Happy Christmas – but let’s hope for a better New Year
As the Christian world pauses for the festive season, much of the planet continues to be mired in conflict, inequality and poverty.
The 65 million people currently displaced around the globe will find little cheer in the holiday season.
The festive spirit won’t be high in the refugee camps of northern Greece and in Turkey, where the UNHCR and other agencies are racing to ‘winterise’ the camps before the snow sets in.
Agencies are distributing blankets, basic relief items and equipment to upgrade shelters to help refugees prepare for the imminent winter. Some camps have been evacuated because of early snowfalls.
In the Middle East, the battle for Aleppo appears to be entering an endgame with convoys of civilians and the injured finally finding way out of the city despite attacks by militants on some of the convoys and fragile ceasefire.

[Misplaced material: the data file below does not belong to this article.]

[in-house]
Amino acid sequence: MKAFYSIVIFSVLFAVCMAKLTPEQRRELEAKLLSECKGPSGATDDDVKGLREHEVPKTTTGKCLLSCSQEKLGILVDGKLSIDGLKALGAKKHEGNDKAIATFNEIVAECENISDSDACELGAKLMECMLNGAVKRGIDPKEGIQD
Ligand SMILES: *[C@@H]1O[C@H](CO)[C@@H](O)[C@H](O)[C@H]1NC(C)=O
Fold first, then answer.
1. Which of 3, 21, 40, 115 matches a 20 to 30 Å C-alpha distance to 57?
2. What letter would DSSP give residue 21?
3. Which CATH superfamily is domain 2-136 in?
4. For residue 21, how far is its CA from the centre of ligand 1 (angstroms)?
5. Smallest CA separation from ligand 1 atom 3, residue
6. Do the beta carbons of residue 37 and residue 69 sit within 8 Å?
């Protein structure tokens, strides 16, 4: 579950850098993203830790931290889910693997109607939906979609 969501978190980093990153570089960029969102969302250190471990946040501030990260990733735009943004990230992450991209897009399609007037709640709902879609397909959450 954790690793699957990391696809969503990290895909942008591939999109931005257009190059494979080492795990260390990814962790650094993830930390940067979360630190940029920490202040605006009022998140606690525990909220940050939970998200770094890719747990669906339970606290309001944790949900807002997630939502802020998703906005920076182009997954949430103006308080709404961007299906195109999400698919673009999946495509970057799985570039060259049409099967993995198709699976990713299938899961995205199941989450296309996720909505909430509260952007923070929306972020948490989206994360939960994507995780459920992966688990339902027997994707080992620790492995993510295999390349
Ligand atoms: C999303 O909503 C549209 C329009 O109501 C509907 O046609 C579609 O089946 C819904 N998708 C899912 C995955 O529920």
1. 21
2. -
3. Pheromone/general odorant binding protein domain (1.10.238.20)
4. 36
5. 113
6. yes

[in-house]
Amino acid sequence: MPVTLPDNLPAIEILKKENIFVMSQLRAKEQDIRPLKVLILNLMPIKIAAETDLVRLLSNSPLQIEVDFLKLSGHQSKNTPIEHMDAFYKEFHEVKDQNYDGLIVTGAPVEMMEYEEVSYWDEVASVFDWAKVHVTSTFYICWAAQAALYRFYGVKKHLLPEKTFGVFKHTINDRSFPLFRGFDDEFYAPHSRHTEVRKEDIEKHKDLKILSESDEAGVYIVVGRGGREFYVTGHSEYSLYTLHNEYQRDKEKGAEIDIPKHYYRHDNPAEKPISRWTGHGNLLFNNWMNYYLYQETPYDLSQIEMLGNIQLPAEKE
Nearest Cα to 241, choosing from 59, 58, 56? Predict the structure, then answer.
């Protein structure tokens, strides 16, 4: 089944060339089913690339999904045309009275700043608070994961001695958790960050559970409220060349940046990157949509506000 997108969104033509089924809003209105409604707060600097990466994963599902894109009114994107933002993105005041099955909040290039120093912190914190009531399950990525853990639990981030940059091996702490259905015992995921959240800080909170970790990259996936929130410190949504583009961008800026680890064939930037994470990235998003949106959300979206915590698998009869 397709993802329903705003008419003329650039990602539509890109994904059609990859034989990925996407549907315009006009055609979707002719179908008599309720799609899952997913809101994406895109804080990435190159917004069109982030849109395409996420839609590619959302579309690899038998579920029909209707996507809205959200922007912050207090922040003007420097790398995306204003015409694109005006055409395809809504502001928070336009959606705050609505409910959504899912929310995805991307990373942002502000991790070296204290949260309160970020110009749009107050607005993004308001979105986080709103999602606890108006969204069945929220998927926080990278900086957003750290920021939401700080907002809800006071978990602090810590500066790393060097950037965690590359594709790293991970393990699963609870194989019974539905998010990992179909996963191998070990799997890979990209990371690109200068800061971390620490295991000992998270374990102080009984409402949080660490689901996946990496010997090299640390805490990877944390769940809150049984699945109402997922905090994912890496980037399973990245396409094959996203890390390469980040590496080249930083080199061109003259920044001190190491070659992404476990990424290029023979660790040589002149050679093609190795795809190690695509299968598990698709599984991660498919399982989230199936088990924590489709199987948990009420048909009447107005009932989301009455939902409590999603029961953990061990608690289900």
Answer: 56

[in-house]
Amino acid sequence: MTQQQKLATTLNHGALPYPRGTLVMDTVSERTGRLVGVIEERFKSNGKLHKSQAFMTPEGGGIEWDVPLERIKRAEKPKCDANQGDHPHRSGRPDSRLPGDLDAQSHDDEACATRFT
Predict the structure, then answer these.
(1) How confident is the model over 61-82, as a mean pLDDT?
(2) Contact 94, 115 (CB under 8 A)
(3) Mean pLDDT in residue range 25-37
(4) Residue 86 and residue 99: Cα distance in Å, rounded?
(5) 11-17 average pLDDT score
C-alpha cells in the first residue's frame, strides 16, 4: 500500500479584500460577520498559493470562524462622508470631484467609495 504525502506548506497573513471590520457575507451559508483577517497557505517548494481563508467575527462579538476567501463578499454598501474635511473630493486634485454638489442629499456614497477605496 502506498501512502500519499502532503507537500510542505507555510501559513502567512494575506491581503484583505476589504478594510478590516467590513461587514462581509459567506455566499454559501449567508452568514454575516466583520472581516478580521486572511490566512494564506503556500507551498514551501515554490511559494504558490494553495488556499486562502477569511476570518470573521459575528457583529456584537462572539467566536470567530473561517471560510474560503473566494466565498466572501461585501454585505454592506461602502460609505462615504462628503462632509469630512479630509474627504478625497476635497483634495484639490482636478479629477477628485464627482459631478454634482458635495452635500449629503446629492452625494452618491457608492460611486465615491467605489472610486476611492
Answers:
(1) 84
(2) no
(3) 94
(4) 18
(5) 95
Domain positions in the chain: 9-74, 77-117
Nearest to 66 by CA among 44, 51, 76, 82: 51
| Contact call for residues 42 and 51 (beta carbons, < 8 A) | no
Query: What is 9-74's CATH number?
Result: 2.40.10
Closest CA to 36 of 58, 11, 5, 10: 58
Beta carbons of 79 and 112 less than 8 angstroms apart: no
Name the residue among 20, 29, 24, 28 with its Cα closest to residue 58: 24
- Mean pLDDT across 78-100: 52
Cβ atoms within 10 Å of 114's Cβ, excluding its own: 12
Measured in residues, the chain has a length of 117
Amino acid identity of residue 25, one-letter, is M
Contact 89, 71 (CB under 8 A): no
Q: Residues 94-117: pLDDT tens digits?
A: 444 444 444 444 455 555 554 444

A new deal, struck recently, was mediated by Turkey after two previous ceasefires foiled. The new three-stage deal will give civilians, rebels and others loyal to the opposition safe passage from eastern Aleppo, now almost entirely in government control.
The wider conflict in Syria, now five years old and no less bloody or interminable, looks like it has a way to run yet.
In Africa, the Kenyan Government continues to threaten the closure of the world’s largest refugee camp at Dadaab – home to more than 330,000 refugees from Somalia.
Meanwhile, the UNHCR has begun building a new site to reduce overcrowding in the Kakuma refugee camp in northern Kenya, to house refugees fleeing nearby South Sudan.
Already home to nearly 200,000 refugees, Kakuma has seen the arrival of around 44,000 South Sudanese refugees since last year, when fighting broke out between forces loyal to President Salva Kiir and rebels allied with current Vice President Riek Machar.
Kenya hosts the second largest number of refugees on the African continent, some having arrived as long as 25 years ago. Legally, all refugees must live in camps and they cannot work.
With limited funding for protracted displacements, the United Nations has repeatedly cut food rations for refugees in Kenya.
There have been tensions between poor locals living around the camps, who often suffer drought and hunger, and the refugees who receive free food, healthcare and education.
In Europe, almost 5,000 refugees have perished or disappeared in 2016, more than in any other previous recorded year.